How to Cook an Artichoke and Many Ways to Eat ’Em

Don’t let the artichoke’s tough exterior intimidate you. Learn how to cook an artichoke, and check out our array of artichoke recipes.

| April/May 2012

  • Grilled Artichokes
    Artichokes are a natural for grilling. Serve them with a dipping sauce that adds a kick while also cooling things down, such as yogurt mixed with fresh mint, hot red chiles, a dash of vinegar, and a pinch each of salt and sugar.
  • Artichokes
    It's almost as much work to eat an artichoke as it is to prepare one, but that's what makes it worth it.
  • Baby Artichokes
    Baby artichokes, which have not yet developed a choke, can be eaten whole, but you can use pieces of larger artichokes in the Baby Artichoke and Shrimp Tempura dish as well.
  • Stuffed Artichokes
    When stuffing artichokes, choose whatever is in season and whatever you love — feel free to experiment.
  • Boiled Artichokes
    The classic hollandaise method is to serve a warm, boiled artichoke with its center filled with the sauce.

  • Grilled Artichokes
  • Artichokes
  • Baby Artichokes
  • Stuffed Artichokes
  • Boiled Artichokes

An artichoke is a beast — but you can tame it. It’s almost as much work to eat one as it is to prepare one, but that’s what makes it worth it. The flavor is sweet, vegetal and rich. With each bite you savor, you’ll appreciate each minute of exacting work it took to get you there.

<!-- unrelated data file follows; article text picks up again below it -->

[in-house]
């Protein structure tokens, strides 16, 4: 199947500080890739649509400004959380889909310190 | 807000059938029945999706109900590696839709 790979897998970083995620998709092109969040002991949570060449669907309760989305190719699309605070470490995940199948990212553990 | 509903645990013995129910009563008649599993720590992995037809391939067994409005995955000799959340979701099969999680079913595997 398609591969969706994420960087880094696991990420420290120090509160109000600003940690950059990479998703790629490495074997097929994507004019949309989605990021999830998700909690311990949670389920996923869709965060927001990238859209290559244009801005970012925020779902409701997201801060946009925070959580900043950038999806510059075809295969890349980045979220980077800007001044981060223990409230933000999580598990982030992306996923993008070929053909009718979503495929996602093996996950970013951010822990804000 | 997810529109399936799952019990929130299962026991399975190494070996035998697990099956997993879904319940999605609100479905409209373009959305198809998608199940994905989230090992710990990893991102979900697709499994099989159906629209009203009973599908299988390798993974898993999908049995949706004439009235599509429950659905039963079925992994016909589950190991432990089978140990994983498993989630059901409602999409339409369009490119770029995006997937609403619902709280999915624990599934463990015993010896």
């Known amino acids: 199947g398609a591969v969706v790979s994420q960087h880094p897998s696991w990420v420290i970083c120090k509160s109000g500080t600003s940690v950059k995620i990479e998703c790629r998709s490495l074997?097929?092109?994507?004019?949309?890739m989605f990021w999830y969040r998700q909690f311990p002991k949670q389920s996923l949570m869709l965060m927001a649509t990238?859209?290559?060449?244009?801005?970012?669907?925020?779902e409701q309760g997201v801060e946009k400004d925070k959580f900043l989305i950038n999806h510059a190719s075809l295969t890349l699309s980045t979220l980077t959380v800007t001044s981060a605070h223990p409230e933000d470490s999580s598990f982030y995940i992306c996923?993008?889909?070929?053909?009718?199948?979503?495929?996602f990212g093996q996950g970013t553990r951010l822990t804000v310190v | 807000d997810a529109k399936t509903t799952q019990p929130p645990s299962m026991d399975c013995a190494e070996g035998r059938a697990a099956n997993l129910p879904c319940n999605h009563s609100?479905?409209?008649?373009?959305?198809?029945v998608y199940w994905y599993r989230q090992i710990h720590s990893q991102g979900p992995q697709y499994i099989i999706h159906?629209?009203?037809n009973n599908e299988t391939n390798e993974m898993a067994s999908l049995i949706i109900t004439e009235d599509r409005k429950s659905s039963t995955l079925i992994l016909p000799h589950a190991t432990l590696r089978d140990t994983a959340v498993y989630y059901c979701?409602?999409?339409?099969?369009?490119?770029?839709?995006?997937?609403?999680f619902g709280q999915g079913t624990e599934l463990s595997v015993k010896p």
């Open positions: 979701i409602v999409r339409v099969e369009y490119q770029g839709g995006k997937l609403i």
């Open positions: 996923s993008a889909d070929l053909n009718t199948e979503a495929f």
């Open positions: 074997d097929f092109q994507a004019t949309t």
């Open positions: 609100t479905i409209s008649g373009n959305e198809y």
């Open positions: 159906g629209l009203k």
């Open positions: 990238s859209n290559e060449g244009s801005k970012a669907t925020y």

Celebrated chef Thomas Keller says life’s greatest challenge is “to maintain passion for the everyday routine and the endlessly repeated act, to derive deep gratification from the mundane.” And he sees the preparation of artichokes as the pinnacle of rising to that challenge. “You may look at your artichokes and think, ‘Look at all those artichokes I’ve got to cut and clean.’ But turning them — pulling off the leaves, trimming their stems, scooping out the chokes, pulling your knife around its edge — that is cooking.”

How to Cook an Artichoke

You’ll need an artichoke, a lemon and plenty of melted butter.

1. You only want the best, so get rid of the rest: Tear off the tough outer leaves, and cut off the stem and the top third. Use scissors to snip off any sharp leaf tips that remain.

2. You want it pretty. Rub and squeeze the cut side of half a lemon all over the artichoke to keep it sprightly and green.

3. Drop the artichoke into boiling water or set it upside down in a steamer, cooking until a knife slides easily into the stem end (about 40 minutes), or cook it for 10 minutes in a pressure cooker. Meanwhile, relax and enjoy a couple of chapters from that book you’ve been neglecting. Finally, set a simple table with a small plate, a soup bowl, a fork and a ramekin ... all for yourself.

5/11/2014 6:57:43 AM

I've never eaten an artichoke but my son has just been allocated an allotment in Easton (Bristol) so maybe I could ask him to plant some for us to try :D



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